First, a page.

Sunday, October 25, 2020

In the final verses of the Torah, Moshe dies under unusual circumstances. We read that God buried Moshe in an unknown location, “and no one knows his burial place to this day.” (34:6) The Gemara (Sotah 13a) elaborates that Moshe’s final resting place was concealed so that his tomb would not become a shrine of pilgrimage for those who deify great leaders of the Jewish people. However, we have to ask ourselves whether this is true. Does not Jewish tradition encourage visiting the gravesites of tzadikim, righteous sages, who have passed away? Think of all those who regularly visit the gravesites of R’ Shimon bar Yochai, or the Lubavitcher Rebbe, or make an annual pilgrimage to Uman on Rosh Hashanah to visit the gravesite of R’ Nachman of Breslov. Why was such a visit to Moshe Rabbeinu’s grave discouraged while visiting the final resting places of these other tzadikim seems to be promoted?

A few years ago I was privileged to join a Project Mesorah tour of Poland. In addition to visiting the remnants of concentration camps, we also visited the gravesites of many tzadikim, righteous men and women who were spiritual leaders of the Jewish people in pre-war Eastern Europe. This tour was led by Ari Scharf and R’ Dovid Goldwassser. We visited many gravesites, including those of the Ramah, the Maggid of Mezritch and R’ Elimelech of Lizhensk, whose yahrzeit was then being observed by thousands of his followers. At these stops, Tehillim would be said and many people prayed for relief of their own personal problems. In fact, I was impressed at the gravesite of R’ Elimelech of Lizhensk where I witnessed men and women crying their hearts out for hours, praying and hoping that their personal prayers would be answered positively.


I also recall that, after completing my smicha (ordination) program in Jerusalem, the yeshiva made a point of having us travel to Tzfat to pray at the graves of R’ Yosef Karo, the author of the Shulchan Aruch and other famous sages. Where did this custom originate and under what circumstances is this appropriate?

The earliest mention of visiting graves is found in the midrash (Sefer HaYashar). When Joseph was taken down to Egypt, he visited his mother’s gravesite on the way. He wept and prayed. Rachel answered him, reassuring him that Hashem would save him from every trial and tribulation. The legend continues that, centuries later, Rachel wept for the Jewish people who passed by her gravesite on their way to exile. Hashem reportedly reassured her that one day her children would return to the holy land.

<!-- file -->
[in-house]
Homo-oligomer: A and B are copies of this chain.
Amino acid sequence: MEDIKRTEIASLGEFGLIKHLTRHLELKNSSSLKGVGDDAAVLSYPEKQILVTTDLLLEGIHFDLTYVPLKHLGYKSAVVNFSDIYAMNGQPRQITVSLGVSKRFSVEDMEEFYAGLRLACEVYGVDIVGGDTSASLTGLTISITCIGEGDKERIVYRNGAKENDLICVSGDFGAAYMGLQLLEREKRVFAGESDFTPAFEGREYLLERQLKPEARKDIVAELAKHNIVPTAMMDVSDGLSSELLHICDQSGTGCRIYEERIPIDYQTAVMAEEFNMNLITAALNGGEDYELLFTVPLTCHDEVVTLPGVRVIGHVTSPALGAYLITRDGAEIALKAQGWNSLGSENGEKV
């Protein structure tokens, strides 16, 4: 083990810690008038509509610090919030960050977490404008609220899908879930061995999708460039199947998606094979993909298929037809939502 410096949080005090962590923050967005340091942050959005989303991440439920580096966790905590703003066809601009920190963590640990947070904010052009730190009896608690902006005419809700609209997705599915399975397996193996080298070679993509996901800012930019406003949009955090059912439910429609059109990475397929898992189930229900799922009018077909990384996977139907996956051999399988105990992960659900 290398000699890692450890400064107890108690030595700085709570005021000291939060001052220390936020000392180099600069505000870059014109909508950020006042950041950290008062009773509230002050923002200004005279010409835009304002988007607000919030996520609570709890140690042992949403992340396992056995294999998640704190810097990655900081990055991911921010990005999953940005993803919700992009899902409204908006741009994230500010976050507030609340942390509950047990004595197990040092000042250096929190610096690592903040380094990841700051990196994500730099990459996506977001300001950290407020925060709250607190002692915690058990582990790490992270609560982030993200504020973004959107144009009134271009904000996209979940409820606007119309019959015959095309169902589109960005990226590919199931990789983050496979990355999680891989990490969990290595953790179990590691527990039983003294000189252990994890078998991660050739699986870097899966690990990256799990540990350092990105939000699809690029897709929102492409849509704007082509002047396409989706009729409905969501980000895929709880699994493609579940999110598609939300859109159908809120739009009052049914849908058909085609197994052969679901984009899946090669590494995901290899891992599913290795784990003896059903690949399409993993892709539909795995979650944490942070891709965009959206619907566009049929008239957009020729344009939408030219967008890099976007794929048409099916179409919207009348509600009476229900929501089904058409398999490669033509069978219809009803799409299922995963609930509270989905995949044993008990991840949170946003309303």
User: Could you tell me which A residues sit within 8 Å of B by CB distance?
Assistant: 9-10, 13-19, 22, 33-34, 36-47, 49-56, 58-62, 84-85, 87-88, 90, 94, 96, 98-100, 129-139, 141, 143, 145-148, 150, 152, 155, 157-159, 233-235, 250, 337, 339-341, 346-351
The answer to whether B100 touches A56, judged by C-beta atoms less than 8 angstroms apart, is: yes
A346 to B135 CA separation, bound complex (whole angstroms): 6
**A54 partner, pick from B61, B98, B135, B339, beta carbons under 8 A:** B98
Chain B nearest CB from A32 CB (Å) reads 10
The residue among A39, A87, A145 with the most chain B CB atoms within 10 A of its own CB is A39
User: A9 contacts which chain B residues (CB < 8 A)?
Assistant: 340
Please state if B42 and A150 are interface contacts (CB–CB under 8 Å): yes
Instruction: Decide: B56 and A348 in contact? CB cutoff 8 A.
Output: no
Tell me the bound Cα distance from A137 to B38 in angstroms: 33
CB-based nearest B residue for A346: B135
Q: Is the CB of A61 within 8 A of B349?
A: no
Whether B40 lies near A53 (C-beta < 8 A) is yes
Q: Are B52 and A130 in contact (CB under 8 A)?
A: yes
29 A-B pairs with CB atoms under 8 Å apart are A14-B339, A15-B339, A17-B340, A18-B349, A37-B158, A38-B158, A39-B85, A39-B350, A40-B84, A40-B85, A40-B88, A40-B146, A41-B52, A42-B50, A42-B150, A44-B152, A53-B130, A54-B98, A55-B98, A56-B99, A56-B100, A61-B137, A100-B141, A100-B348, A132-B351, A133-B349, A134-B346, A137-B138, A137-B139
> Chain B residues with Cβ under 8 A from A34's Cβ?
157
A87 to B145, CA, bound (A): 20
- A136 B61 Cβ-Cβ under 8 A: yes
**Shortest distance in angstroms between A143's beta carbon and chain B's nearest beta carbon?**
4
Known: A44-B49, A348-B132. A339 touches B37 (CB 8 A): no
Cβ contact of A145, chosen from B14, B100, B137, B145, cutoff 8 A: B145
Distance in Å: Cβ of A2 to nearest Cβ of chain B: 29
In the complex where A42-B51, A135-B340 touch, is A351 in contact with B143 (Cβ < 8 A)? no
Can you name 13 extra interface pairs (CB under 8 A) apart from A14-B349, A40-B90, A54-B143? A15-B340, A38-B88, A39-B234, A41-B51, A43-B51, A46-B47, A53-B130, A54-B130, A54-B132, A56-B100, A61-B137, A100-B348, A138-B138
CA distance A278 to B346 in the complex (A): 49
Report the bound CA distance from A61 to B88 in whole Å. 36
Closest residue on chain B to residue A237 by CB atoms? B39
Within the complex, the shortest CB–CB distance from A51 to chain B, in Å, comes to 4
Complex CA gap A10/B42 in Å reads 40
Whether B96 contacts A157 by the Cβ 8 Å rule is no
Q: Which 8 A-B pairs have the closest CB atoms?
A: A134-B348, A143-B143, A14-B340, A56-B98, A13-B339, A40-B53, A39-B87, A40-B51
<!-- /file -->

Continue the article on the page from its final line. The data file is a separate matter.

When Caleb scouted out the future Land of Israel with the other spies, we read that he came to Hevron (Bamidbar 13:22). The Talmud (Sotah 34a) explained that Caleb withdrew from the scheme of the spies and went to pray at the tomb of the Patriarchs, asking that he be saved from their planned evil scheme to disparage the land.

These days, the custom exists to pray and say Tehillim at the graves of tzadikim on Tisha B’Av, before Rosh Hashanah and before Yom Kippur as these are considered auspicious times. The Elef HaMagen is quoted as saying that these prayers are especially beneficial so as to truly achieve repentance and be saved from all material and spiritual troubles that might otherwise ensue.

R’ Abner Weiss explained that there were several compelling reasons to visit the graves of the righteous. First, we show ongoing respect and esteem to those who have passed away. Secondly, we show that these sages have not been forgotten and that we continue to follow their customs and traditions. Third, if they have recently died, we pray for an elevation of their souls in Gan Eden. Lastly, but probably most importantly, we pray to Hashem in their presence, invoking their merit, and transforming our prayer into a prayer that joins the generations.

It is important to bear in mind that our tradition forbids praying directly to the dead. We pray to God in their presence and in their merit. This is in accordance with what we read about Moshe’s death, where it was feared that someone with his stature might end up being the subject of deification.

Historically, we see that this has actually happened in other religions. The supposed messengers of God’s word instead became the object of deification and were made into gods themselves. This happened in Christianity, Islam and Buddhism where Jesus, Mohammed and the Dalai Lama took on god-like qualities and are now prayed to directly.

This gives us greater insight into why Moshe’s burial place is kept secret. We pray in the merit of our righteous tzadikim but do not pray directly to them. May all our prayers be answered for our good and may the coming year bring blessings of peace, health and prosperity to us all.

Rabbi Dr. Avi Kuperberg is a forensic, clinical psychologist in private practice. He is president of the Chai Riders Motorcycle Club of NY/NJ. He leads the Summit Avenue Shabbos Gemara shiur and minyan in Fair Lawn, NJ, and is a member of the International Rabbinical Society. He can be reached at [email protected]